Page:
Director: Jules Dassin
Starring: Richard Conte, Valentina Cortese & Lee J. Cobb
Synopsis: A war veteran turned truck driver attempts to avenge the crippling and robbing of his father at the hands of an amoral produce scofflaw.
Rating: 12 Run time: 94 minutes Release date: 19 October (UK)
One might struggle to get along with Thieves‘ Highway. A film noir shot in 1949 and concerning a man out for revenge against a crooked produce dealer is hardly something that would get a modern audiences juices flowing, but will likely please film studies students who are looking for something to write their next essay on.
Nick Garcos (Richard Conte) returns home from the war to find that his father, a produce farmer, has become the victim of slimy fruit merchant Mike Figlia (Lee J. Cobb) and has had the misfortune of losing his truck and his legs at the hands of Cobb’s wretched dealer.
Garcos vows revenge, and teams up, for want of a better term, with Ed Kinney (Millard Mitchell) who happens to be the current owner of Nick’s fathers truck. Nick, along with Ed and a few more characters of questionable moral standards head to San Francisco to seek out Figlia so Nick can have his revenge.
Thieves’ Highway, especially nowadays, plays out in the way one would expect a film noir to do so. We have the main character in over his head, a strong femme fatale, the bad guy who takes what he wants through as many dirty needs as possible and a plot that runs as naturally as you would expect.
To a modern audience, Thieves’ Highway has all the traits of a film noir and perhaps does little that hasn’t already been done. Looking a little deeper though, it would seem that in 1949 Thieves’ Highway was as daring then as say making a film that isn’t part of a shared universe would be today. Of course, that particular example is a little crude, but Thieves’ Highway was, and in a way still is, a film that pushed the genre’s boundaries.
The action, which yes does look silly now, was tightly shot and undoubtedly tension filled for a 40’s audience, yet doesn’t necessarily carry the same weight now. The same could be said for the general delivery of the film; it’s well acted and has a general believability to it, but does feel cartoon like in places, almost as if you are watching a modern pastiche on what films were like in the post war era.
The film studies students previously mentioned will likely find an abundance of political and religious allegories here, and if you want to look deep enough they probably do exist, but taking the film at face value you do wonder whether Thieves’ Highway quite stands up in the way other films of its ilk would. Solid, but unspectacular and interesting if never quite compelling.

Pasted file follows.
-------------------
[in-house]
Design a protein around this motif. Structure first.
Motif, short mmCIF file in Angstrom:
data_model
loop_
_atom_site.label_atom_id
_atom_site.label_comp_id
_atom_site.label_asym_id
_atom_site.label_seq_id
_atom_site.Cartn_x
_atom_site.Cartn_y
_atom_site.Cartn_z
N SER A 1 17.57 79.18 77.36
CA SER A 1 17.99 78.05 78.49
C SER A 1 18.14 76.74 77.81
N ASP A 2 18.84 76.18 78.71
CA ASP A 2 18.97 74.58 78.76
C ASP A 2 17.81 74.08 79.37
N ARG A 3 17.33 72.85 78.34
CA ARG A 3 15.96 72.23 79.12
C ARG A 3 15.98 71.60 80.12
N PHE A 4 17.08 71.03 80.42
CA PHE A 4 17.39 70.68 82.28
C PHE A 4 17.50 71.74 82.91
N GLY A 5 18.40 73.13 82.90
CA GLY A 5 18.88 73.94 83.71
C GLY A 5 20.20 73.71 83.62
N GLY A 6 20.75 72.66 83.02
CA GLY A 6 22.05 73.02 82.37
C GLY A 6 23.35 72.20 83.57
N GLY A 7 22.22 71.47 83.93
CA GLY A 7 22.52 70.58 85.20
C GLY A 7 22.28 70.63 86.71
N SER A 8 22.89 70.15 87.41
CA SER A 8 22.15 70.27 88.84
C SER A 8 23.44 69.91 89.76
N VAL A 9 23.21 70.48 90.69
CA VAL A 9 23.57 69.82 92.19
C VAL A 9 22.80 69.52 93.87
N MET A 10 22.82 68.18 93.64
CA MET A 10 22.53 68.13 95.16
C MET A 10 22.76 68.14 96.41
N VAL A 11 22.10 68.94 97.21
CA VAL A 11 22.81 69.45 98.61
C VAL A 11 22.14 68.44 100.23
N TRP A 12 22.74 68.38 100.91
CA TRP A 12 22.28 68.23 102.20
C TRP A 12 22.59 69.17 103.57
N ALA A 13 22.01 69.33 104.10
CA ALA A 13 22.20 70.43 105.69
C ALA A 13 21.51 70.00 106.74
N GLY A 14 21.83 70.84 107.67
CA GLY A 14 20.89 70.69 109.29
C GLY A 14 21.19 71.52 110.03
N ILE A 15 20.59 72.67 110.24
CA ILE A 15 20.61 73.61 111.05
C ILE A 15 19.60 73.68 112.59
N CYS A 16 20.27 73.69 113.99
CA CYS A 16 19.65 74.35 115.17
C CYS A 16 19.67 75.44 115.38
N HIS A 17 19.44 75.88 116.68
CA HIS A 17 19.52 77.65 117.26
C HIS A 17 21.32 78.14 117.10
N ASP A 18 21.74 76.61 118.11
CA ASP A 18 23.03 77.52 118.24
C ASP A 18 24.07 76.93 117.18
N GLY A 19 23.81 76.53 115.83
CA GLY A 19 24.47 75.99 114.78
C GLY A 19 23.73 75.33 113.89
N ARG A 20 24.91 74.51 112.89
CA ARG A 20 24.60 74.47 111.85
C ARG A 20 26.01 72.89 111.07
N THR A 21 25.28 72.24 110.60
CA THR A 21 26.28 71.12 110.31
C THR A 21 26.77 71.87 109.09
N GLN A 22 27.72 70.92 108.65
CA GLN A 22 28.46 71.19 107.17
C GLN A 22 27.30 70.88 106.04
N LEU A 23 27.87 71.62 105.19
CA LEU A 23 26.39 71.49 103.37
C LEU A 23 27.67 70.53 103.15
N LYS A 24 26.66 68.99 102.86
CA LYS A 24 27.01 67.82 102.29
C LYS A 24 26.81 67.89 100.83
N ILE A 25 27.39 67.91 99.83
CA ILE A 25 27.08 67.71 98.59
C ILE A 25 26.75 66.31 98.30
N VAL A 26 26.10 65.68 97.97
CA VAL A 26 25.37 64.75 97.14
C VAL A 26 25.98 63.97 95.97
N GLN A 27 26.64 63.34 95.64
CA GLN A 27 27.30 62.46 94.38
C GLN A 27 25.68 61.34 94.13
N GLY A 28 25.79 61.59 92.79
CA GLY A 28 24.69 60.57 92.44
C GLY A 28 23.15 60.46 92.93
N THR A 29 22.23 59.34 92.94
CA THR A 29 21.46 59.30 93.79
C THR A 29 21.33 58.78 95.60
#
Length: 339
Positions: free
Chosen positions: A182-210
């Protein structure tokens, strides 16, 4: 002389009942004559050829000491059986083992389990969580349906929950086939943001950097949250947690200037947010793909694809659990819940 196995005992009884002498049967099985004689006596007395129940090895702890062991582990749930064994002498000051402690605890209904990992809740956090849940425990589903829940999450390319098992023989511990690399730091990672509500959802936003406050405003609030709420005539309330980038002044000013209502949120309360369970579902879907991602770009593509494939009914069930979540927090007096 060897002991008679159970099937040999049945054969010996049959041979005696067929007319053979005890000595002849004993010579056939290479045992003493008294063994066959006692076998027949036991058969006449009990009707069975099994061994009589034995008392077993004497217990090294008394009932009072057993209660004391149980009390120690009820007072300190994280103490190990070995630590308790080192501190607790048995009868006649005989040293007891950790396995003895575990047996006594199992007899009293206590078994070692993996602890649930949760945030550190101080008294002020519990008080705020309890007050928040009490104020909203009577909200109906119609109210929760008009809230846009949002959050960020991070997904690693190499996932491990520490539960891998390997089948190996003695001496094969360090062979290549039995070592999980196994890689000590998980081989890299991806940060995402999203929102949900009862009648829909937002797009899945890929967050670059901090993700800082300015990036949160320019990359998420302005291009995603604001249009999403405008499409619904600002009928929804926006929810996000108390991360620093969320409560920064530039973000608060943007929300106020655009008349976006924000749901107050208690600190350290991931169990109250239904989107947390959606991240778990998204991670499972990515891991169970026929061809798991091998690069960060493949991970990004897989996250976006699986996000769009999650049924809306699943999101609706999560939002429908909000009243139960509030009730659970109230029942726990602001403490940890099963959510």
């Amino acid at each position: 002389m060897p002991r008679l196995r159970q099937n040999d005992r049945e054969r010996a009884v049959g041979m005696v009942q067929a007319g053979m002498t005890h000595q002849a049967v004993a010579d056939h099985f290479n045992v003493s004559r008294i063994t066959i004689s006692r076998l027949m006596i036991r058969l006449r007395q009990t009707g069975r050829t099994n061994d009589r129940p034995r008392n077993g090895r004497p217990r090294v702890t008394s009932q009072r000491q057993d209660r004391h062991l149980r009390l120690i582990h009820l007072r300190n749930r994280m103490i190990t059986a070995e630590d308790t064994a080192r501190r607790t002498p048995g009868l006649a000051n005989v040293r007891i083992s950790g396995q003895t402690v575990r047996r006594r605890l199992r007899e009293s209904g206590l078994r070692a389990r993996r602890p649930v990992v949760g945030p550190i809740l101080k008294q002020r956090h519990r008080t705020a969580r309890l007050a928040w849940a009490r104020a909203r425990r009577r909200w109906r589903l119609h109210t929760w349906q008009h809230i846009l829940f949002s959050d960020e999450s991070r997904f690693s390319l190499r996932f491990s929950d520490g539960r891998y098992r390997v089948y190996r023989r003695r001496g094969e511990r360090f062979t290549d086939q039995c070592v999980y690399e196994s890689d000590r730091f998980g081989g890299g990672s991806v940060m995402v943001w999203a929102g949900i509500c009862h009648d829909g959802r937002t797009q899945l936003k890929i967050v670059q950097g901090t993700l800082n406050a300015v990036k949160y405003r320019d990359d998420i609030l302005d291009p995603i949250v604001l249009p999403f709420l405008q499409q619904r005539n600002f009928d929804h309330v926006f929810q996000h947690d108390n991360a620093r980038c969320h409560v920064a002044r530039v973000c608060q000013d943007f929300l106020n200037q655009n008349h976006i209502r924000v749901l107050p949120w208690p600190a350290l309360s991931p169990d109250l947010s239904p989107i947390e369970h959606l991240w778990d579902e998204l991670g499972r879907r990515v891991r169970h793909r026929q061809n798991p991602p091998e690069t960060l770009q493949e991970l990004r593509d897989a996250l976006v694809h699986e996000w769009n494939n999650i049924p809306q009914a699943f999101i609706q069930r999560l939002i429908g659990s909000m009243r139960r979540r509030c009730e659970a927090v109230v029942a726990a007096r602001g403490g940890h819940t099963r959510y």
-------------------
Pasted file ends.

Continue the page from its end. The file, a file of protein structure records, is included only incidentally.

Fans of Thieves’ Highway will find a lot to love on this Blu-Ray release from Arrow. Chief among those is a 55 minute documentary titled The Long Haul of A.I. Bezzerides. Here the career of A.I. Bezzerides is detailed at length by the likes of the films director; Jules Dassin and such esteemed writers as Mickey Spillane, Barry Gifford and George P. Pelecanos. Their collective love for the film noir genre is clear, as is there admiration for Bezzerides and Thieves’ Highway in particular.
Film expert Frank Kutnik appears several times throughout the films various extras and he does so firstly in Fruits of Labour in which he talks passionately about the films production, its perception in the public realm and how it was received critics and audiences. While Kutnik does indeed talk warmly about the film and what impact it had, his views are completely dependant on how you view the film. At times it feels as if Kutnik is almost trying to hard to convince you of the films qualities, but it’s hard to dislike him when he talks so vigorously about a film that he clearly adores.
Kutnik also appears on three commentaries that explore various scenes and characters in Thieves’ Highway. The length of which he talks about the different aspects of the film is quite something, and is perhaps best exemplified by the fact that he has to pause the film at several points in order for him to make his point before the scene moves on.
A theatrical trailer is also available, while the case has a reversible sleeve showcasing new artwork by Graham Humphreys. A collector’s booklet also contains production stills and newly written material from Alastair Phillips (co-author of 100 Film Noirs).
In summary: Fans of Thieves’ Highway will be very pleased with the work Arrow have done here and will need no recommendation in purchasing this disc, others may need a little more persuading.